Electrical burns occur when a person is directly exposed to an electrical current. Although some electrical burns look minor on the skin, they can cause extensive internal damage, especially to the heart, muscles, or brain. This is a potentially serious condition that requires care from a doctor.
Electrical burns result from accidental contact with exposed parts of electrical appliances or wiring, such as:
- Children biting on electrical cords
- Poking utensils or other metal objects into electrical outlets or appliances, like a plugged-in toaster
- Failing to shut the power supply before making home repairs or installation
- Dropping a plugged-in appliance into water
- Occupational accidents due to, for example, electric arcs from high-voltage power lines. (Electric arcs occur when a burst of electricity jumps from one electrical conductor to another, such as flashes of electricity from the wheels of an electrically powered train or where a trolley car connects to an overhead power line.)
Symptoms may include:
- Visible burns on the skin
- Muscle contraction or pain
- Numbness or tingling
- Bone fractures
- Feeling disoriented
- Low blood pressure
- Heart arrhythmias
If you experience any of these symptoms do not assume it is due to an electrical burn. These symptoms may be caused by other, less serious health conditions. If you experience any one of them, consult a doctor.
Electricity can also cause cause cardiac arrest, respiratory failure, and/or unconsciousness.
Your doctor will ask about your symptoms and medical history, and do a physical exam.
Like other burns, electrical burns have three degrees of severity, each with distinctive symptoms:
- First-degree burns —Injury is only to the outer layer of skin. They are red and painful, and may cause some swelling. The skin turns white when touched.
- Second-degree burns —These burns are deeper and more severe. They cause blisters and the skin is very red or splotchy. There may be more significant swelling.
- Third-degree burns —These cause damage to all layers of the skin down to the tissue underneath. The burned skin looks white or charred. These burns may cause little or no pain because the nerves in the skin are destroyed.
It may be more difficult to diagnosis damage under the skin cuased by electricity. Test may include:
- Electrocardiogram —to detect rhythm disturbances of the heart
- Urine or blood tests—to check for severe damage to muscles
Electrical burns require an immediate call to paramedics. If possible, shut off the electrical current from its source (such as unplugging a cord or turning off the circuit breaker). Often, simply turning off the appliance itself will not stop the flow of electricity.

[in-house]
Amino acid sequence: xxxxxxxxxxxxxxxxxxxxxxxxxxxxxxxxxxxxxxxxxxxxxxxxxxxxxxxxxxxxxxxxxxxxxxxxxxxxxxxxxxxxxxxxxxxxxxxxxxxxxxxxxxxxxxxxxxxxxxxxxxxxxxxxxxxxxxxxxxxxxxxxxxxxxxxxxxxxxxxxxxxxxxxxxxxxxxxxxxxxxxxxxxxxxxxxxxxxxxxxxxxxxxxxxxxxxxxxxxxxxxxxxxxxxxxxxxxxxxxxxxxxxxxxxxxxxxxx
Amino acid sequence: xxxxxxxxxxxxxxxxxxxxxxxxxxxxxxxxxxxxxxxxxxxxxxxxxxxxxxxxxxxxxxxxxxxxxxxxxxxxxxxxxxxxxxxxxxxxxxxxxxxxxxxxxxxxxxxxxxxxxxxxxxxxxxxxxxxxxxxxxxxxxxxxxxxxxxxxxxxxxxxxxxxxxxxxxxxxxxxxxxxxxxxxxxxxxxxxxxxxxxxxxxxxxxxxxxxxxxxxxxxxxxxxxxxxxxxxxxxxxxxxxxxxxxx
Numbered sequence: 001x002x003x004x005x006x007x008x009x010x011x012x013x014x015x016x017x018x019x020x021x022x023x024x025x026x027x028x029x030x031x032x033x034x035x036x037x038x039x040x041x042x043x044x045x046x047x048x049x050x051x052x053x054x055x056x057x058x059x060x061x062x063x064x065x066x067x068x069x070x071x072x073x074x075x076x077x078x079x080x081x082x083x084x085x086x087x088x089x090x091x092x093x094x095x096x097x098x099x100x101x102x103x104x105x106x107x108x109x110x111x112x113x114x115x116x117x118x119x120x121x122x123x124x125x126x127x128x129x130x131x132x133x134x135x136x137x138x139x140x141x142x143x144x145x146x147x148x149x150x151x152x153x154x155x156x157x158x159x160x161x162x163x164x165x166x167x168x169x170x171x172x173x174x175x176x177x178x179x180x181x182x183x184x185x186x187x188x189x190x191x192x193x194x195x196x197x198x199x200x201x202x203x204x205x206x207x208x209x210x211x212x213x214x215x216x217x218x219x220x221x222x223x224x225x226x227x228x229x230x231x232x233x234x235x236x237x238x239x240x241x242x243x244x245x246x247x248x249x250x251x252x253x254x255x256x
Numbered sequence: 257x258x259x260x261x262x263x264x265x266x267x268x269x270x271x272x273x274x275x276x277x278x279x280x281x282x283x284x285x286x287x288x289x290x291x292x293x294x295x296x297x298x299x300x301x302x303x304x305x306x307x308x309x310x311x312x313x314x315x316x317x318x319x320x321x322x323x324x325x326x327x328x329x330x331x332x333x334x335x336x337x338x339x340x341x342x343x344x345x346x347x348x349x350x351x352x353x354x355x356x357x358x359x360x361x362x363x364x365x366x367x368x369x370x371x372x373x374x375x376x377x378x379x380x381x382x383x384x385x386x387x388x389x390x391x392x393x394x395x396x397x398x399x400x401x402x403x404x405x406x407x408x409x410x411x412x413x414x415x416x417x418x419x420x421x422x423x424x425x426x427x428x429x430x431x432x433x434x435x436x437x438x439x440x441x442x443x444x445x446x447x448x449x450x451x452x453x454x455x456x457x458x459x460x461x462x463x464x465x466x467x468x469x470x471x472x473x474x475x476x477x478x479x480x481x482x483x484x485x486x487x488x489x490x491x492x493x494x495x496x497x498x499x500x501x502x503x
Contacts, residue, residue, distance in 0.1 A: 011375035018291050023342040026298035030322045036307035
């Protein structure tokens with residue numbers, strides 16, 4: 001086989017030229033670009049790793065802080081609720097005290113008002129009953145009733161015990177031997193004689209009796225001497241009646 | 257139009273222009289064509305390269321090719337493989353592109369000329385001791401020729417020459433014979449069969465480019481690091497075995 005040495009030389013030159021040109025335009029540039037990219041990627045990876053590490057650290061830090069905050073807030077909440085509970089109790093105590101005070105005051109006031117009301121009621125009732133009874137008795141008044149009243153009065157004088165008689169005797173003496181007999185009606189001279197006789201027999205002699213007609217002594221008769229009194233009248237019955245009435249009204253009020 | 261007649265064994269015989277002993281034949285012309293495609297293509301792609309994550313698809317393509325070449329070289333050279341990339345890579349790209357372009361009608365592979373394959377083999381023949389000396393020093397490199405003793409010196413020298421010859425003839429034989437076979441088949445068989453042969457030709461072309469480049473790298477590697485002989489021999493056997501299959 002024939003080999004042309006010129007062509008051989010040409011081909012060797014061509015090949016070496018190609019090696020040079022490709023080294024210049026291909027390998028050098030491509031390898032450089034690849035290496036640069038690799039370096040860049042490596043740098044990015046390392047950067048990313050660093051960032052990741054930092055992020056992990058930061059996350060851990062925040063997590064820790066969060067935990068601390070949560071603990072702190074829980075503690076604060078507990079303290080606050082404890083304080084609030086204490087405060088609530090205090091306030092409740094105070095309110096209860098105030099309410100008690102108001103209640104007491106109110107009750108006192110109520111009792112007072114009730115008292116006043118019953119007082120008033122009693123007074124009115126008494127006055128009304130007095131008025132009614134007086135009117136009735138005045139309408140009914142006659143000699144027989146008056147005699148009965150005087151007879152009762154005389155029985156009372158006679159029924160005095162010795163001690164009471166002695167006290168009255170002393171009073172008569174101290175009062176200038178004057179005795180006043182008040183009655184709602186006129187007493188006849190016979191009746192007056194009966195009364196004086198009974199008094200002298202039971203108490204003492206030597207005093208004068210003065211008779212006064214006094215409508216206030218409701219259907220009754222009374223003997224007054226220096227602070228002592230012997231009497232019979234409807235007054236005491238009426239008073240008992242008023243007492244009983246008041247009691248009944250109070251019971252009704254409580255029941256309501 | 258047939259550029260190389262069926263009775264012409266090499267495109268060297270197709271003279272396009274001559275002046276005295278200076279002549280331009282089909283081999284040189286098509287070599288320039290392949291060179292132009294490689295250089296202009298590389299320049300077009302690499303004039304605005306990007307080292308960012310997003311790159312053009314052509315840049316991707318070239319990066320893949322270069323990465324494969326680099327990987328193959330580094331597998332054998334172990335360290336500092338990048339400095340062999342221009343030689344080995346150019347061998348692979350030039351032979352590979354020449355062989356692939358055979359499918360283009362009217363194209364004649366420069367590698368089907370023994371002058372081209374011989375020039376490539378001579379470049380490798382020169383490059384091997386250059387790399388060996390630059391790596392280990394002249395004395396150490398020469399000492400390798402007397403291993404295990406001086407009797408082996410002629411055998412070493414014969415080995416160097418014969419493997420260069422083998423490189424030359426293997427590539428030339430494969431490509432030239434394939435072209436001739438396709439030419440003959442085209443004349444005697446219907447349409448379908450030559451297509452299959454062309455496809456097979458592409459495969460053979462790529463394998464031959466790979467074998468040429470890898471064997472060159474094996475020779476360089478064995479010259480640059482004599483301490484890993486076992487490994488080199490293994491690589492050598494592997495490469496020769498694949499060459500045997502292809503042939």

If the current can't be turned off, use a non-conducting object, like a wooden broom, chair, rug, or rubber doormat to push the victim away from the source of the current. Don't use a wet or metal object. If possible, stand on something dry and non-conducting, such as a mat or folded newspapers.
Do not attempt to rescue a victim near active high-voltage lines.
Once the victim is free from the source of electricity, his airway, breathing, and pulse are checked and, if needed, cardiopulmonary resuscitation (CPR) efforts are started. The victim is covered with a blanket to maintain body heat and feet are raised above the head.
Ice, butter, or ointments, should not be applied.
Anyone with an electrical burn should be taken to the hospital for further evaluation. Treatment will depend on the severity of the burn and any other associated complications.
If you are diagnosed with an electrical burn, follow your doctor's instructions .
To help reduce your chances of an electric burn, take the following steps:
- Use child safety plugs in all outlets.
- Keep electrical cords out of children's reach.
- Avoid electrical hazards by following manufacturer's safety instructions when using electrical appliances. Always turn off circuit breakers before making repairs to wiring.
- Avoid using electrical appliances while showering or wet.
- Never touch electrical appliances while touching faucets or cold water pipes.
- Reviewer: Peter Lucas, MD
- Review Date: 10/2012 -
- Update Date: 10/11/2012 -